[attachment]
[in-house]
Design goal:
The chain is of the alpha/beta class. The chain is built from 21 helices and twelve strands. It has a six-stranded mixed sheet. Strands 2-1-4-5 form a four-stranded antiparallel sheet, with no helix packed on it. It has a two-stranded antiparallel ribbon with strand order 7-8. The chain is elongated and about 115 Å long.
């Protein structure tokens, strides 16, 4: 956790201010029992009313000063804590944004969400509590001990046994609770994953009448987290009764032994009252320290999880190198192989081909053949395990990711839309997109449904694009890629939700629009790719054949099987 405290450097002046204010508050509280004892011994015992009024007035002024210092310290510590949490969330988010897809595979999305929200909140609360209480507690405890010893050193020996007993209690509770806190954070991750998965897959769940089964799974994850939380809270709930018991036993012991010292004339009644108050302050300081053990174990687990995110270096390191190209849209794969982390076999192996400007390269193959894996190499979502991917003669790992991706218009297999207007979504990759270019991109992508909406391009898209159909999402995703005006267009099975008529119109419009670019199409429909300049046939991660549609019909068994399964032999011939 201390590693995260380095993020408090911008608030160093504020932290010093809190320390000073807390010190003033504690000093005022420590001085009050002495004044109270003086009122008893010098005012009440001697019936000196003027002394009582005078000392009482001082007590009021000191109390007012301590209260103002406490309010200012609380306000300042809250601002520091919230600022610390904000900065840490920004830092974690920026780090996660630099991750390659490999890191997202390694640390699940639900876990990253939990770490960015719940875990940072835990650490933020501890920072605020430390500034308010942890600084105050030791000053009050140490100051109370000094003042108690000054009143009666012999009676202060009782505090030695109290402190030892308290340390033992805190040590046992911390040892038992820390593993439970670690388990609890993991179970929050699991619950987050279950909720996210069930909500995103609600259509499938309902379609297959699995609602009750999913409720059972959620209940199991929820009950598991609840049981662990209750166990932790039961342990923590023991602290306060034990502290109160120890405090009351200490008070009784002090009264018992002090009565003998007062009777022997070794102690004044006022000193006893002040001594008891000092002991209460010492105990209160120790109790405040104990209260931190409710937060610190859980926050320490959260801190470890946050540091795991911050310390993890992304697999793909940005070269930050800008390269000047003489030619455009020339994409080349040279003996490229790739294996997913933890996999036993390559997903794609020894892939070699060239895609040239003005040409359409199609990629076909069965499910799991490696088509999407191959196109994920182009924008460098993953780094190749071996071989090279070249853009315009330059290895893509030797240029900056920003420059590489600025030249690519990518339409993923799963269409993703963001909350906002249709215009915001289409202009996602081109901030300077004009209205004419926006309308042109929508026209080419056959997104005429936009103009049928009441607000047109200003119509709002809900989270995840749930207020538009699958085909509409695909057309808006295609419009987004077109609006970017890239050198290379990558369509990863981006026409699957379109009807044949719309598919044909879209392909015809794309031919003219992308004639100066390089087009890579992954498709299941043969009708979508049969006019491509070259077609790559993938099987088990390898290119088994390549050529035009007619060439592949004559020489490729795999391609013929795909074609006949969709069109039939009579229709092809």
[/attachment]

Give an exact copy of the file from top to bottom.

[in-house]
Design goal:
The chain is of the alpha/beta class. The chain is built from 21 helices and twelve strands. It has a six-stranded mixed sheet. Strands 2-1-4-5 form a four-stranded antiparallel sheet, with no helix packed on it. It has a two-stranded antiparallel ribbon with strand order 7-8. The chain is elongated and about 115 Å long.
């Protein structure tokens, strides 16, 4: 956790201010029992009313000063804590944004969400509590001990046994609770994953009448987290009764032994009252320290999880190198192989081909053949395990990711839309997109449904694009890629939700629009790719054949099987 405290450097002046204010508050509280004892011994015992009024007035002024210092310290510590949490969330988010897809595979999305929200909140609360209480507690405890010893050193020996007993209690509770806190954070991750998965897959769940089964799974994850939380809270709930018991036993012991010292004339009644108050302050300081053990174990687990995110270096390191190209849209794969982390076999192996400007390269193959894996190499979502991917003669790992991706218009297999207007979504990759270019991109992508909406391009898209159909999402995703005006267009099975008529119109419009670019199409429909300049046939991660549609019909068994399964032999011939 201390590693995260380095993020408090911008608030160093504020932290010093809190320390000073807390010190003033504690000093005022420590001085009050002495004044109270003086009122008893010098005012009440001697019936000196003027002394009582005078000392009482001082007590009021000191109390007012301590209260103002406490309010200012609380306000300042809250601002520091919230600022610390904000900065840490920004830092974690920026780090996660630099991750390659490999890191997202390694640390699940639900876990990253939990770490960015719940875990940072835990650490933020501890920072605020430390500034308010942890600084105050030791000053009050140490100051109370000094003042108690000054009143009666012999009676202060009782505090030695109290402190030892308290340390033992805190040590046992911390040892038992820390593993439970670690388990609890993991179970929050699991619950987050279950909720996210069930909500995103609600259509499938309902379609297959699995609602009750999913409720059972959620209940199991929820009950598991609840049981662990209750166990932790039961342990923590023991602290306060034990502290109160120890405090009351200490008070009784002090009264018992002090009565003998007062009777022997070794102690004044006022000193006893002040001594008891000092002991209460010492105990209160120790109790405040104990209260931190409710937060610190859980926050320490959260801190470890946050540091795991911050310390993890992304697999793909940005070269930050800008390269000047003489030619455009020339994409080349040279003996490229790739294996997913933890996999036993390559997903794609020894892939070699060239895609040239003005040409359409199609990629076909069965499910799991490696088509999407191959196109994920182009924008460098993953780094190749071996071989090279070249853009315009330059290895893509030797240029900056920003420059590489600025030249690519990518339409993923799963269409993703963001909350906002249709215009915001289409202009996602081109901030300077004009209205004419926006309308042109929508026209080419056959997104005429936009103009049928009441607000047109200003119509709002809900989270995840749930207020538009699958085909509409695909057309808006295609419009987004077109609006970017890239050198290379990558369509990863981006026409699957379109009807044949719309598919044909879209392909015809794309031919003219992308004639100066390089087009890579992954498709299941043969009708979508049969006019491509070259077609790559993938099987088990390898290119088994390549050529035009007619060439592949004559020489490729795999391609013929795909074609006949969709069109039939009579229709092809």